Monday, June 27, 2011

Your Age and the Law

Have you ever wanted to know how old you have to be in order to legally do something?

Like stay out late, leave school, or get married?

Check out this JFCY pamphlet for a whole bunch of different legal facts on Your Age and the Law!

Tuesday, June 21, 2011

Youth and Riots

Although they rarely happen, riots do occur whether we like it or not. Youth may participate in these riots for various reasons, ranging from a form of protest to merely following the crowd. Most recently, we have witnessed riots in Vancouver after the Stanley Cup finals. The following is some legal info on riots. If you have specific questions please speak to a lawyer directly. You can contact JFCY at 1-866-999-5329 or 416-920-1633 (within the GTA). 

I was just protesting, I was not rioting!
-          There is a difference between freedom of expression and rioting.
o   Freedom of expression is guaranteed under the Canadian Charter of Rights and Freedoms, S. 2(b), it has been read broadly as including any activity that conveys, or attempts to convey, meaning to the exception of acts of violence and threats of violence. Peaceful protests are protected by Freedom of Expression.
o   A riot is an unlawful assembly that has begun to disturb the peace tumultuously (Criminal Code of Canada, S. 64). The key difference here is that rioting involves violence against authority, property or people, which is a criminal offence.  People can face criminal charges and be brought to court. Rioting may also involve other offences, such as assault, mischief and/or arson.

How much force can the police use against me?
-    Police officers are allowed to use as much force as they believe, in good faith and on reasonable grounds, is necessary to suppress a riot and is not excessive (Criminal Code of Canada, S. 32). If you think the police have overstepped their authority you should tell your lawyer.

If the police believe that I am rioting, do they have to charge me?
-    No, the police have other options when dealing with youth like giving you a warning or a caution, but this is to their discretion.

If the police charge me with rioting, do they have to take me to the police station or detain me?
-    No. The police do not have to detain you. If the police detain you, both you and your parent(s) will get notices that explain:
o   The offence(s) with which you are charged,
o   The date and time when you must be in court,
o   The court’s address, and
o   Your right to be represented by a lawyer.

For more information on what to do when you are being questioned by the police refer to this previous blogpost here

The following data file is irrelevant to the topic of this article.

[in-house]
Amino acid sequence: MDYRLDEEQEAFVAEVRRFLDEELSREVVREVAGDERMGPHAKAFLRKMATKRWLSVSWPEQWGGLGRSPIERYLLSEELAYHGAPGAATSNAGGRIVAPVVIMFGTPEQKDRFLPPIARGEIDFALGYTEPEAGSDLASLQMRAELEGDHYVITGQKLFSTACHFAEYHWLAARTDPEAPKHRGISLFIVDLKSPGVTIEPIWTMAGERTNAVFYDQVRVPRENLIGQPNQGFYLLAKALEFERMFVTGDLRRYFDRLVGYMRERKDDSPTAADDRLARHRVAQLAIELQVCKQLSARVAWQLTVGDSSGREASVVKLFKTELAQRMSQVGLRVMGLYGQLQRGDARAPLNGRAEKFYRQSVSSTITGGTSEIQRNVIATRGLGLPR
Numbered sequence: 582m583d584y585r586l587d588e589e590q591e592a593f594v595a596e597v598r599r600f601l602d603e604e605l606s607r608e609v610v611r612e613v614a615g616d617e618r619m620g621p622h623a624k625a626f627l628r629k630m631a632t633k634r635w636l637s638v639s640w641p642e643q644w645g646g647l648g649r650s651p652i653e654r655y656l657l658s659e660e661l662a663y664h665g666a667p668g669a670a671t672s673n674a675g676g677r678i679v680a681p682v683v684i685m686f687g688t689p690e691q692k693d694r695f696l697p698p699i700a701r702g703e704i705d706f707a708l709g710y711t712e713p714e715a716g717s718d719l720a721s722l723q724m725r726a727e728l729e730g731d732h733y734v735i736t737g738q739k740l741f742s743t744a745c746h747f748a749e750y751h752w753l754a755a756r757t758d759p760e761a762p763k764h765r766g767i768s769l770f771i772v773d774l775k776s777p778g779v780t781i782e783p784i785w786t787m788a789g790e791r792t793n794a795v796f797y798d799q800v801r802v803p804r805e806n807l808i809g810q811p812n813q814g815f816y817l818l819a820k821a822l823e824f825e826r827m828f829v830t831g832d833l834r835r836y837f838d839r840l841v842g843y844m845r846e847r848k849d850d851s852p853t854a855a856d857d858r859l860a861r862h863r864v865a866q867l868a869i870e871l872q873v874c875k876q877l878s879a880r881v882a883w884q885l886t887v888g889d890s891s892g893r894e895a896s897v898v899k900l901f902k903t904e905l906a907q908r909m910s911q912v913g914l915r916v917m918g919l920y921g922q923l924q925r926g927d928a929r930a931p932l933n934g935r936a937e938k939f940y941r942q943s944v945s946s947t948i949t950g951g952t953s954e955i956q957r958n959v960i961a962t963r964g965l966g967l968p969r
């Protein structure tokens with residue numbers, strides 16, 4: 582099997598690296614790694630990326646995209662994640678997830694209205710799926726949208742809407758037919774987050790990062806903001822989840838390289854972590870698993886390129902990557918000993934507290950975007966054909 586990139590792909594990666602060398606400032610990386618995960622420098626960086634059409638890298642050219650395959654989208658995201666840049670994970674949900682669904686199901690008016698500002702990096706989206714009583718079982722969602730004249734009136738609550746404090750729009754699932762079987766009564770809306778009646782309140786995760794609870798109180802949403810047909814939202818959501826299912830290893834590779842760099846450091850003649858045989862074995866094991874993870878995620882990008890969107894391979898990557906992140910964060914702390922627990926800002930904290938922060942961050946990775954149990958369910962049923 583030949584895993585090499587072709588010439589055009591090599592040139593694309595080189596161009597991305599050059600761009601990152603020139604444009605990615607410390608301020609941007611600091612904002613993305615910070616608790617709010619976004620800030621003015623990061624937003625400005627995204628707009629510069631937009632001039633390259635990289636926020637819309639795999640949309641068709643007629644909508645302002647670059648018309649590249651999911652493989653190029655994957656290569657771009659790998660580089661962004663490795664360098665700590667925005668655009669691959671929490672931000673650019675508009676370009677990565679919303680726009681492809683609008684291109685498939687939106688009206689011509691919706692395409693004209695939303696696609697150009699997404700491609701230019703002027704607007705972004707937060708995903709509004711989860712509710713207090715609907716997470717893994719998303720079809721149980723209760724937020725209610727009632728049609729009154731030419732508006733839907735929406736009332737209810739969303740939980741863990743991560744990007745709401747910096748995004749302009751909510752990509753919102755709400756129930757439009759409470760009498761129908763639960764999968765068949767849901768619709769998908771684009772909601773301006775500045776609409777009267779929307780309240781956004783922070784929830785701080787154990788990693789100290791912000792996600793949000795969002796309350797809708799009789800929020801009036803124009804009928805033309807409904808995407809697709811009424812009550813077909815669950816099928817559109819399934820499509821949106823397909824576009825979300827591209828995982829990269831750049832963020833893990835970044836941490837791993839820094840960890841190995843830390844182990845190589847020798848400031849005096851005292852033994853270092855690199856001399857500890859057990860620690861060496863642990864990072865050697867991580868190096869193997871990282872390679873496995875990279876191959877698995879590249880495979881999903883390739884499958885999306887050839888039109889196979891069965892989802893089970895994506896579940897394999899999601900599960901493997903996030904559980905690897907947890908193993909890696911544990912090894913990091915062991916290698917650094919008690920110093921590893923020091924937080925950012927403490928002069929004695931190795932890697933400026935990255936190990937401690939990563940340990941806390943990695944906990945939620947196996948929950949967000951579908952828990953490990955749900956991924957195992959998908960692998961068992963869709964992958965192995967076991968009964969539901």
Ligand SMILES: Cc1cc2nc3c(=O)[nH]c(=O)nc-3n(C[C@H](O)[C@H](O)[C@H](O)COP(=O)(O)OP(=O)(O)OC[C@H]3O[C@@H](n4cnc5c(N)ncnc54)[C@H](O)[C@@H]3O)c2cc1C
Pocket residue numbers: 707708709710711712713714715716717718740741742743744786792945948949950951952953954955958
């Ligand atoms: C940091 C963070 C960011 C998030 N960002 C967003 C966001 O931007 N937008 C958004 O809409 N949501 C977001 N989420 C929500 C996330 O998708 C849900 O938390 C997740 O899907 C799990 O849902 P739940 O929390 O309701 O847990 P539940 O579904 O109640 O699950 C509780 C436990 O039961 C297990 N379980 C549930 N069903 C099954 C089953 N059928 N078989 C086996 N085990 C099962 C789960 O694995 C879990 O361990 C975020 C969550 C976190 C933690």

For a guide to the youth court process in Toronto, refer to this information pamphlet


Daniel Lo
Public Legal Education Coordinator

Wednesday, June 1, 2011

Hello from your summer JFCY Blogger!

Hi everybody, hope everyone is coping well with exams, just remember… summer is just around the corner!

My name is Daniel Lo, I am a law graduate and will be starting my Master of Laws degree at the University of Toronto in September 2011.

I have recently accepted the volunteer role as Public Legal Education (PLE) Team Lead for Justice For Children and Youth (JCFY) for the 2011 summer. I found out about JCFY through contacting the Pro Bono Students Canada – UofT Chapter, and was told of this great opportunity to engage in children and youth rights. Throughout my academic and personal life, I have been an active supporter and volunteer at pro bono clinics and human rights organizations. The work that JCFY does interests me immensely as this is the first exposure that I have had to age-based legal rights for those under 18 years old, and I feel that it is a vital area of the law that is neglected by many.

At JCFY, my role entails helping a staff lawyer to lead the PLE Team, which consists of a committee group of youth and adults who assist in devising strategies to inform young people about their legal rights and responsibilities; the JCFY blog with regular weekly updates; and the Facebook account to ensure as many people become aware of it as possible.

During my time at JCFY, I hope to continue the great work that the PLE Team and the previous PLE Team Lead had done, while also searching for ways to help JCFY grow. I welcome any tips/advice/recommendations/ideas that anyone has in this regard. I can be reached via email

That is all for now, I hope that you will keep updated with JCFY through this blog or our Facebook account, we have a lot of interesting projects for the summer planned, don’t miss out!